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THE following Lectures contain little that is not well known to many of my readers, and still less that is peculiarly and exclusively appropriate to the present emergency. They were written and delivered in a period of profound tranquillity; but we are now in a state which may require the exertions of every individual among the educated classes, and many may have to assist in executing, or even in originating measures for the relief of the labouring population, who are not yet sufficiently familiar with the principles according to which that relief is to be afforded.
Under such circumstances, it has appeared to me that advantage might be derived from a short explanation of the ambiguities and fallacies which most obscure the subject of wages-the most difficult and the most important of all the branches of political economy.
My principal object, however, has been to draw attention to the elementary proposition, that the rate of wages depends on the extent of the fund for the maintenance of labourers, compared with
the number of labourers to be maintained. This proposition is so nearly self-evident, that it may appear scarcely to deserve a formal statement; still less to be dwelt on as if it were a discovery. It is true that it is obvious and trite; but, perhaps, on that very account, its practical consequences have been neglected. In the first place, if this proposition be admitted, many prevalent opinions respecting the effects of unproductive consumption, of machinery, and of free-trade, must be abandoned; and to show this, is the object of the second and third of the following Lectures. And in the second place, it must also follow that the rate of wages can be raised, or, what is nearly the same, the condition of the labouring classes improved, only by either increasing the fund for their maintenance, or diminishing the number to be maintained.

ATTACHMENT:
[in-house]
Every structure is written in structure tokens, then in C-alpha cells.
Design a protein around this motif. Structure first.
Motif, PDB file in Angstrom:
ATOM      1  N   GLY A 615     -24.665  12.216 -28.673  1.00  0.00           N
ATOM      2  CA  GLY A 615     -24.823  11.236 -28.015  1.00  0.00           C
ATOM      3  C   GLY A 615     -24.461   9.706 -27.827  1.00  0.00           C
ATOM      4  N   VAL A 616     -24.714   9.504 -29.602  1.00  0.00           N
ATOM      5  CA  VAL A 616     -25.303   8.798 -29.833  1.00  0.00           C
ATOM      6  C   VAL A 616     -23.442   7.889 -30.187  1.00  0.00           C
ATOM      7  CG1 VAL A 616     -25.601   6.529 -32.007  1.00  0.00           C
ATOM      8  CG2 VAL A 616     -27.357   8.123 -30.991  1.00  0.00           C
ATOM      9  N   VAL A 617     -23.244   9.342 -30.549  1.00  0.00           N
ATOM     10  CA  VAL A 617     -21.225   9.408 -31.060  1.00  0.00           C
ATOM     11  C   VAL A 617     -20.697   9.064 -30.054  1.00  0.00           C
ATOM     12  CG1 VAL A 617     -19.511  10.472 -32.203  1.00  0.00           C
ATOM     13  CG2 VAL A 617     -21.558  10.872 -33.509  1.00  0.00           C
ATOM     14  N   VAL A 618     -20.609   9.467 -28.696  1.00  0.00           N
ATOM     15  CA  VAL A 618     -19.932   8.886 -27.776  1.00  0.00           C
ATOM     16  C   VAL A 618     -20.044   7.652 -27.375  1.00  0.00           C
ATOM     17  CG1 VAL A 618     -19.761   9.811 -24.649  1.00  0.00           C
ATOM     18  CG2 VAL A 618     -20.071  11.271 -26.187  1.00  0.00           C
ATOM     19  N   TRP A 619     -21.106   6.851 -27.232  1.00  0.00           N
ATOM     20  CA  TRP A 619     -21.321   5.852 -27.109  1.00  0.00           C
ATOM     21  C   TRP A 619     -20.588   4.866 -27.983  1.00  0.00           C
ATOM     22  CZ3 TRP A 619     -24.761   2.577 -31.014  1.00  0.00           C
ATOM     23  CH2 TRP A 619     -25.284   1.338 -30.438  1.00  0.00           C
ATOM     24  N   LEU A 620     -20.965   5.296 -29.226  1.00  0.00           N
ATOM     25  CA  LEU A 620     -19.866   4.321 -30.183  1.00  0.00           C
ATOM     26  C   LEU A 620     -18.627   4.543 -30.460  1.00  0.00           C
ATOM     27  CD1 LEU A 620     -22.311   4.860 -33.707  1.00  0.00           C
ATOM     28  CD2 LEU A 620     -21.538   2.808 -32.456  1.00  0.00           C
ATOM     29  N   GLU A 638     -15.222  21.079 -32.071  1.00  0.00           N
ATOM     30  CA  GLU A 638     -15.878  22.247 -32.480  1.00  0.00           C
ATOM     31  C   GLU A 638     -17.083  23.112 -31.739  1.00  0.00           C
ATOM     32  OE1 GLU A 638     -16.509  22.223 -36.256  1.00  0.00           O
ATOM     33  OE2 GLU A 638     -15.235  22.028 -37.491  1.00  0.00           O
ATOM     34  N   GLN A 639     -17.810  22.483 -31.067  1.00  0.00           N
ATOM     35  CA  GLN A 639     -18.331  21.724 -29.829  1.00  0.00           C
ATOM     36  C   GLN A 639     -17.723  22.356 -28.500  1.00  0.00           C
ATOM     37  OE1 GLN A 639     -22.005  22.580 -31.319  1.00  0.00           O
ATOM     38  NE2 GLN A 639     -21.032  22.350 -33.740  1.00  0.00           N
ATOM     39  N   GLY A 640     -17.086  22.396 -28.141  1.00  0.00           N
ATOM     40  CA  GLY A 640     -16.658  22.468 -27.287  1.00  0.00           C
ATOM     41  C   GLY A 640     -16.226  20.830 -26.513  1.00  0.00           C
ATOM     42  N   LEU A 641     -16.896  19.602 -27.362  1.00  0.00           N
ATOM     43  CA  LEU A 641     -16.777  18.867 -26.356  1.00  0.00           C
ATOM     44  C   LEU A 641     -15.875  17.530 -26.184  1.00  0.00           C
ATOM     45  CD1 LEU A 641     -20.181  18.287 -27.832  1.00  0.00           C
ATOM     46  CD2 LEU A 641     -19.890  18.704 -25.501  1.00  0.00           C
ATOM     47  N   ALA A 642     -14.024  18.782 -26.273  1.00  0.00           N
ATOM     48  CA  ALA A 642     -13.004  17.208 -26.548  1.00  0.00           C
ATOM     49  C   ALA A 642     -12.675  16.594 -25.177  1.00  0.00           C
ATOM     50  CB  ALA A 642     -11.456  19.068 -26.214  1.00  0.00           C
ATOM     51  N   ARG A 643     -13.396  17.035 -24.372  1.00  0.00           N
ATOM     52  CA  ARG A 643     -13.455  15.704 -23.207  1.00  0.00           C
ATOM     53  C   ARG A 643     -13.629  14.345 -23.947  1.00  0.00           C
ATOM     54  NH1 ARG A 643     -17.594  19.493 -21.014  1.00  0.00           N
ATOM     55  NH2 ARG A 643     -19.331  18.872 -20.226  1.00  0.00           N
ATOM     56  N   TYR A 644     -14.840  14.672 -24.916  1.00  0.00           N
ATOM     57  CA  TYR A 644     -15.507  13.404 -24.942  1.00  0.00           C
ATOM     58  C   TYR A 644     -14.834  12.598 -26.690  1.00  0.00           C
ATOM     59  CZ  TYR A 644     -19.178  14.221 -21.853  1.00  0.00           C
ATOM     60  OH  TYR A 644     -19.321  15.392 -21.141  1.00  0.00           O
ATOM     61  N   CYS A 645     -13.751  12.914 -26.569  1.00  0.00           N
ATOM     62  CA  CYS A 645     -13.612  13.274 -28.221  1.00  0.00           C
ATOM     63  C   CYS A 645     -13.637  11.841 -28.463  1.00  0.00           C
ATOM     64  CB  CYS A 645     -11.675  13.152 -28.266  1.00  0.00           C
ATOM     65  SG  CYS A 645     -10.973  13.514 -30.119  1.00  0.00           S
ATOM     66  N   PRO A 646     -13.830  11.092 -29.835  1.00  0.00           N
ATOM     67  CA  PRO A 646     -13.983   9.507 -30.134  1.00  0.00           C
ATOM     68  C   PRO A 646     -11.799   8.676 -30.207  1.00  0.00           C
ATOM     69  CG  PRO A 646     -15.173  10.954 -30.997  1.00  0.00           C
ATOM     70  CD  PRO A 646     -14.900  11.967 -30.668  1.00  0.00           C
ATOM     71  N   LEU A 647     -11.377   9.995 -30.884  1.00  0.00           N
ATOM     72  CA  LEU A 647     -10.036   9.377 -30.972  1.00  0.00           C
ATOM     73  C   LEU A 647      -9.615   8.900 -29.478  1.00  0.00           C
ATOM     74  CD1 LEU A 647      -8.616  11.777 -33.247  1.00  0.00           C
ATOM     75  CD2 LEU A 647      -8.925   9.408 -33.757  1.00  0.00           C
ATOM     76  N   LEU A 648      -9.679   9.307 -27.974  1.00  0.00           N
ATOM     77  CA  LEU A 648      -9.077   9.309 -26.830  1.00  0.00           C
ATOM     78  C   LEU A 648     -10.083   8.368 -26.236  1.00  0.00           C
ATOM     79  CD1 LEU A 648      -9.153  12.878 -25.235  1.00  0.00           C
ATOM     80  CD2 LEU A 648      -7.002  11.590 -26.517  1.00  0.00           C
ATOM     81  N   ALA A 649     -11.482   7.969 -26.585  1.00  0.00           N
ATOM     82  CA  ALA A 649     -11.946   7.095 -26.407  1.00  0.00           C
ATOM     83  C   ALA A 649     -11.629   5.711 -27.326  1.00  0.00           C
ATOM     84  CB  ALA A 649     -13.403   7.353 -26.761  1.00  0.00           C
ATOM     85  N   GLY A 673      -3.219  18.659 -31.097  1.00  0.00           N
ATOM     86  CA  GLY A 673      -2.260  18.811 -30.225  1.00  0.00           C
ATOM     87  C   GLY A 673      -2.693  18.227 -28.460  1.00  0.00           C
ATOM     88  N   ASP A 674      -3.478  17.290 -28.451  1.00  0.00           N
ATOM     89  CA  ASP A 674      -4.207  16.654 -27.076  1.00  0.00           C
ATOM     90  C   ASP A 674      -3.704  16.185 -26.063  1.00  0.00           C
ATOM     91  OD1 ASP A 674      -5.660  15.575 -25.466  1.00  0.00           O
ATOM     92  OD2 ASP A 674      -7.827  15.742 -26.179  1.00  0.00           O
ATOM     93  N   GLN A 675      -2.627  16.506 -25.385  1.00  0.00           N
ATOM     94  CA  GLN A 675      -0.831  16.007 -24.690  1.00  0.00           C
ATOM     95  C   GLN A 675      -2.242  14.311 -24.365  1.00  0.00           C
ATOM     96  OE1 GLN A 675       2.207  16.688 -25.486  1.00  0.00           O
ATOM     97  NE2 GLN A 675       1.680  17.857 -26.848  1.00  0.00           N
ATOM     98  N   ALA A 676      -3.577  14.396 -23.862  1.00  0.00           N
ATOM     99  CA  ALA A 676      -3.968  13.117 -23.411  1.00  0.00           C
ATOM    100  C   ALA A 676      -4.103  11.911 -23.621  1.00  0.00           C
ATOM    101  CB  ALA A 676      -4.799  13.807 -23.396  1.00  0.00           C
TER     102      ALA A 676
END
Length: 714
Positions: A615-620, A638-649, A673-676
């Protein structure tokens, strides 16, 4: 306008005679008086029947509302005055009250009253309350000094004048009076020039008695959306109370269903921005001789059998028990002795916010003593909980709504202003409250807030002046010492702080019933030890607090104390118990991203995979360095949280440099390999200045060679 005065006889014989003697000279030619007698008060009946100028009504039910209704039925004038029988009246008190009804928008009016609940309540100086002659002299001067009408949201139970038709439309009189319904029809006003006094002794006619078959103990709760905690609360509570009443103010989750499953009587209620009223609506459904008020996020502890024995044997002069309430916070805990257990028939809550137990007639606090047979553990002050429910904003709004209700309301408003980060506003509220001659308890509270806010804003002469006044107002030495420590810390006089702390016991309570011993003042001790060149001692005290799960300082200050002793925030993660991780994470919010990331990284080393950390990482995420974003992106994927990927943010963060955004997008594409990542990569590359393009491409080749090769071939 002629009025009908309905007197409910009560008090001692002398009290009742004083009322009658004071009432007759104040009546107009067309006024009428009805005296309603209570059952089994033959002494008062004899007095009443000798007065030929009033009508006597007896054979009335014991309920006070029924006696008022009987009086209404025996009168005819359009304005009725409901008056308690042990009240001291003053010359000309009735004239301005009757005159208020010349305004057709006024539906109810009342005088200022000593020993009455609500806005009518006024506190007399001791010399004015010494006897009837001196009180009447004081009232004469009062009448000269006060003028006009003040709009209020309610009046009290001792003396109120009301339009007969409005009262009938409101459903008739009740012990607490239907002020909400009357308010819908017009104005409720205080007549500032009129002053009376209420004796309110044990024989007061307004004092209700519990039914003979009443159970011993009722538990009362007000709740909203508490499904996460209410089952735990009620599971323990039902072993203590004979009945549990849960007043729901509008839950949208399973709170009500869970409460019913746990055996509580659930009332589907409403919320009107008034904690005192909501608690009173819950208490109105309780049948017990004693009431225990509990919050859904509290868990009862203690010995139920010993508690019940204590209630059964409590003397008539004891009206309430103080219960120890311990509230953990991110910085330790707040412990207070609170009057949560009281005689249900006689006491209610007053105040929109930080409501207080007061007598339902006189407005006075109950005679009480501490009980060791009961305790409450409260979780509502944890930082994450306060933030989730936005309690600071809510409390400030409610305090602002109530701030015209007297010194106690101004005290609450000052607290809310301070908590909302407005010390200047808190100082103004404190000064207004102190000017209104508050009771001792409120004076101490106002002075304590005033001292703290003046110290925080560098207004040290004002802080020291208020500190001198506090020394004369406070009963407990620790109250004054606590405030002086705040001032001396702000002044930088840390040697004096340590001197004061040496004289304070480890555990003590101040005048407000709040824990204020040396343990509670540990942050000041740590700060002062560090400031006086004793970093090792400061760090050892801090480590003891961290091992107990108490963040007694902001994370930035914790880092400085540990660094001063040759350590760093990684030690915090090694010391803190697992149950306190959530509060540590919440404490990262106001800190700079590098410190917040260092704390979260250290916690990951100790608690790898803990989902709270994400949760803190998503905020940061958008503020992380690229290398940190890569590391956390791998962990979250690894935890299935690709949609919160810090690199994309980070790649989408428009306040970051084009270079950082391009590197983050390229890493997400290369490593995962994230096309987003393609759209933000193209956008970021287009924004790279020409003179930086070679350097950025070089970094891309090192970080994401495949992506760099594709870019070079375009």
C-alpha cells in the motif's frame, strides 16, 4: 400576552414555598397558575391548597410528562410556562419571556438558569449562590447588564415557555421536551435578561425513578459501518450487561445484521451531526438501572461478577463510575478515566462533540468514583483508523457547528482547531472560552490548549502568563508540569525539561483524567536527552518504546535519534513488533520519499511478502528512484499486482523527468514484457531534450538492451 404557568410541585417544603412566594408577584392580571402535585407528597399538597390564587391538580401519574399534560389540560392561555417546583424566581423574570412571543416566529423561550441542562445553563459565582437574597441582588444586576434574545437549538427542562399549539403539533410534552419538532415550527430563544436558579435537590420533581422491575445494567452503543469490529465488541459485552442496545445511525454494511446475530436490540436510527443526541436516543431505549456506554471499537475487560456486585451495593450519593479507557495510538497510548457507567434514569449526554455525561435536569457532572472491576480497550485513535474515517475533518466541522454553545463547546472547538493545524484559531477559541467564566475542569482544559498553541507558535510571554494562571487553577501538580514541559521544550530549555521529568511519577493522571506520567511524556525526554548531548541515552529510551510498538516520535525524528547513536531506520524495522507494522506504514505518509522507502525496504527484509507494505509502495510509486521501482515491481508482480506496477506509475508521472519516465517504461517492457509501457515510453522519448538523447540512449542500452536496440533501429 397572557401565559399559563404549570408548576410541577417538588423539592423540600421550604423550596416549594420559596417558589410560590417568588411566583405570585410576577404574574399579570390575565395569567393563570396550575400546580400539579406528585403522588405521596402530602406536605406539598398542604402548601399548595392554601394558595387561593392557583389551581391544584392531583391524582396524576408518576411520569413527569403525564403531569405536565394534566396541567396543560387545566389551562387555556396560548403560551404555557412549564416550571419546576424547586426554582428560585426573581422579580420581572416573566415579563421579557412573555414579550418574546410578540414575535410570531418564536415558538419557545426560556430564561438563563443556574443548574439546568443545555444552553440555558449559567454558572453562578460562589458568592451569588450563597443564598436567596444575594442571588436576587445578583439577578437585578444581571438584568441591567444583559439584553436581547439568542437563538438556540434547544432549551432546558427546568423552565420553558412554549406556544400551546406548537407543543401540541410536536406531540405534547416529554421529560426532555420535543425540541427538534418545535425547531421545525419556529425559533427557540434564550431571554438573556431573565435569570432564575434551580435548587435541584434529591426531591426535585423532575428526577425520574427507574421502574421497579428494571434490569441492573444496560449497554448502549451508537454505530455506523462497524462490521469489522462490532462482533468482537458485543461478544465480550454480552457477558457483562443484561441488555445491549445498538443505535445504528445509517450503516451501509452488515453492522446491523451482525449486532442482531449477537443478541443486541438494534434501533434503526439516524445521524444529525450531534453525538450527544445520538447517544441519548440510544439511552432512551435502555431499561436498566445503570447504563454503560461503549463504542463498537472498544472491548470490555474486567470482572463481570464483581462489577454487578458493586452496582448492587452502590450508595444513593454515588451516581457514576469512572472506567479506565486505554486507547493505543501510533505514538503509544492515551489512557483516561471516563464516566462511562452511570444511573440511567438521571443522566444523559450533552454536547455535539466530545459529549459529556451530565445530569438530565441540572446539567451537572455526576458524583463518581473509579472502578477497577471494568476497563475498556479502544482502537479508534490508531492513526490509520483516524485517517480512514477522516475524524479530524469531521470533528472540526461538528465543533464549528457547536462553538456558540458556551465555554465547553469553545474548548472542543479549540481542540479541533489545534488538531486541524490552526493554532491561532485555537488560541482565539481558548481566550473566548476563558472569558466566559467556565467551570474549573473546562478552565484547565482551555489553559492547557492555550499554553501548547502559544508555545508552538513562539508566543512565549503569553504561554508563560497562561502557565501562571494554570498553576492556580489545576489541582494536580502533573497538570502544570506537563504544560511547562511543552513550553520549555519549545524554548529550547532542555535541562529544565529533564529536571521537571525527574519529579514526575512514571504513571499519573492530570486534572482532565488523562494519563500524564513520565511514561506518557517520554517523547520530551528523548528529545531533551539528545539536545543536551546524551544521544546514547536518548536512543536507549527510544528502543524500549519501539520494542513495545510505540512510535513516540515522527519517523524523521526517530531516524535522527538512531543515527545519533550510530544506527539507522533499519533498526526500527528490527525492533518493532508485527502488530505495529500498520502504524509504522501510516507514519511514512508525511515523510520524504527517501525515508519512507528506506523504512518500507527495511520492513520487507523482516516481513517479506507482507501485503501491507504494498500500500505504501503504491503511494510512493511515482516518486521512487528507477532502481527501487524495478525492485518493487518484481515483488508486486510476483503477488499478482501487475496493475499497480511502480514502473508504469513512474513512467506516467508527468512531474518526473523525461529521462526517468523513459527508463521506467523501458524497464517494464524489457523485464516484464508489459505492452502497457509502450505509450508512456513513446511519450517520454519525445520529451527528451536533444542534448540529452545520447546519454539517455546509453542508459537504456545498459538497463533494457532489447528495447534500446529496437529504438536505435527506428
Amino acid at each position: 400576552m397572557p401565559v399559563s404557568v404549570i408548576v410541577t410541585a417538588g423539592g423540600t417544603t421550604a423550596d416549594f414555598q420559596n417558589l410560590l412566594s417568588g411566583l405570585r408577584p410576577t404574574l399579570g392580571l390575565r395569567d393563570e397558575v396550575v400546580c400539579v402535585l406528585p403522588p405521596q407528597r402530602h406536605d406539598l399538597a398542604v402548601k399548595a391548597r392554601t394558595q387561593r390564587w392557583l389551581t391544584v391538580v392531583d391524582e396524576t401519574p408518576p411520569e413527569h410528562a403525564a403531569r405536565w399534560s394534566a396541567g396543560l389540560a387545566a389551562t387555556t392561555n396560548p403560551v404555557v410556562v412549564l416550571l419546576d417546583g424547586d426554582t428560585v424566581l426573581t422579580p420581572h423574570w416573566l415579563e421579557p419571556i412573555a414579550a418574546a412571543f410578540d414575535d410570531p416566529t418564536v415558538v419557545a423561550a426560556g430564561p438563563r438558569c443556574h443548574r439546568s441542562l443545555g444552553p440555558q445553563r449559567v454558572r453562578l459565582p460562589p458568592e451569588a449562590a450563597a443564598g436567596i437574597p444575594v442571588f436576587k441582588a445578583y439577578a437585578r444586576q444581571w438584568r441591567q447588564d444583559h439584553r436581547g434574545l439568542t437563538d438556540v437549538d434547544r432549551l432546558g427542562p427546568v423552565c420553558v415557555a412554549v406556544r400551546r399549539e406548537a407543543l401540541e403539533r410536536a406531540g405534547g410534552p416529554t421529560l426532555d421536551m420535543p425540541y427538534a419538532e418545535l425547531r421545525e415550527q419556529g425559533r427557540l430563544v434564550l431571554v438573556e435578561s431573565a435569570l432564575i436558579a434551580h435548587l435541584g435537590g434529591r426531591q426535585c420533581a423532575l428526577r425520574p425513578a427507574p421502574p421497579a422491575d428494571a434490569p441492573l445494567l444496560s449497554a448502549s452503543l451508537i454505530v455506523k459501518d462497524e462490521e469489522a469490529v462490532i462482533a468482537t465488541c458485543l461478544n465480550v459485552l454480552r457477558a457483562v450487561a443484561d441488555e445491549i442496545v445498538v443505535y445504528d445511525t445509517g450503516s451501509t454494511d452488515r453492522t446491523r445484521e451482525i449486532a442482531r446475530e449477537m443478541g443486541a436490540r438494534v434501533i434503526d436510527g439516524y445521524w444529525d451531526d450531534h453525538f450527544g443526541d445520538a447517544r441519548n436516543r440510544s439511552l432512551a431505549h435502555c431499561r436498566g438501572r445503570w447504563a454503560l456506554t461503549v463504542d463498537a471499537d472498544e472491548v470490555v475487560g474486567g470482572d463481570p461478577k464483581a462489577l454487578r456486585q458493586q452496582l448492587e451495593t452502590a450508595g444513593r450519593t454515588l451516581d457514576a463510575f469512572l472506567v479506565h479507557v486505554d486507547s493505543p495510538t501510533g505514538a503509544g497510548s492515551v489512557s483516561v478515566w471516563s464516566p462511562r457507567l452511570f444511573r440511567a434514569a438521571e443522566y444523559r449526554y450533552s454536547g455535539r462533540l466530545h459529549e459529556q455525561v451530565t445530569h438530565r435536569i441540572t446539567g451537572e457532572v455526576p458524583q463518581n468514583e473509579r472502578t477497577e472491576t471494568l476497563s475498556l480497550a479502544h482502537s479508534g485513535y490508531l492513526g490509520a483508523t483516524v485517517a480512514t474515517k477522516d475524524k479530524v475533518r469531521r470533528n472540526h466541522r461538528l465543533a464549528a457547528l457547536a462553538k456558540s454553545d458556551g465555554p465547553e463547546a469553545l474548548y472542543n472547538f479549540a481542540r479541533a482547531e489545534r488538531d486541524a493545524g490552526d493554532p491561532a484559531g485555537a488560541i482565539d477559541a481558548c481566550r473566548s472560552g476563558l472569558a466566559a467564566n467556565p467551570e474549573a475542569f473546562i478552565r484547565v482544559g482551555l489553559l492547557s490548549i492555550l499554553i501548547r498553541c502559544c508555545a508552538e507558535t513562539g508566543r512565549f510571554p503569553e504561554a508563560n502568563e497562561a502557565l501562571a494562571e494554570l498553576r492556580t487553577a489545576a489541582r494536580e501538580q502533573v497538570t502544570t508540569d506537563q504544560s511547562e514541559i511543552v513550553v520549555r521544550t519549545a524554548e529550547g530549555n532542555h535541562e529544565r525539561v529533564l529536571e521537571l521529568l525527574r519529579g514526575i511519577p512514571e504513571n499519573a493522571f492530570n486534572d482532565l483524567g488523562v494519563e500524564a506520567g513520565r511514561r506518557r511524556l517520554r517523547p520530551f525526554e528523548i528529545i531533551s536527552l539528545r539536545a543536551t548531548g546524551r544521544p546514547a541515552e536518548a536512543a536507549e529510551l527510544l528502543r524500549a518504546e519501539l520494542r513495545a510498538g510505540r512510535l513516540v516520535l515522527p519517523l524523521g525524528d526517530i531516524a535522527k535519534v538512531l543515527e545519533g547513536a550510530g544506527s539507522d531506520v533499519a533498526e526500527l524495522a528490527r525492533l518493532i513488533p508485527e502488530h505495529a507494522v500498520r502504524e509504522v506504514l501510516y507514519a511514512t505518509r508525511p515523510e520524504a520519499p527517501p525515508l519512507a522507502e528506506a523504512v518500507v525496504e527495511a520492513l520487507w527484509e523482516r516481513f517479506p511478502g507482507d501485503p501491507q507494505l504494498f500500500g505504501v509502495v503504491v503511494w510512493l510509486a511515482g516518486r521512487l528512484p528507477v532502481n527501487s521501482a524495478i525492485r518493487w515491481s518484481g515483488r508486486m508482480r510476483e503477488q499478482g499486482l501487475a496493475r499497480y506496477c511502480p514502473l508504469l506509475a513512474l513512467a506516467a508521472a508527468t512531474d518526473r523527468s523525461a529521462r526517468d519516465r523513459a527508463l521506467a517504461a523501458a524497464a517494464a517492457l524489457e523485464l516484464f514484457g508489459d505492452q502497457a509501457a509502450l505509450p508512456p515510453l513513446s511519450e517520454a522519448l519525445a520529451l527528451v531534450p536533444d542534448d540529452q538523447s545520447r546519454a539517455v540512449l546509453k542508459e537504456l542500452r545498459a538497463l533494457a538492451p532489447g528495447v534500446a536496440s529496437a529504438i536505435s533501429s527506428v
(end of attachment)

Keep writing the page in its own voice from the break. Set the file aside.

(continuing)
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The principal means by which the fund for the maintenance of labourers can be increased, is by increasing the productiveness of labour. And this may be done,
First, By allowing every man to exert himself in the way which, from experience, he finds most beneficial; by freeing industry from the mass of restrictions, prohibitions, and protecting duties, with which the Legislature, sometimes in wellmeaning ignorance, sometimes in pity, and some
times in national jealousy, has laboured to crush or misdirect her efforts; and,
Secondly, By putting an end to that unhappy system which, in the southern counties, has dissociated labour from subsistence-has made H wages not a matter of contract between the master and the workman, but a right in the one, and a tax on the other; and, by removing the motives, for exertion, has rendered, as far as it has been possible, the labourer unworthy of his hire.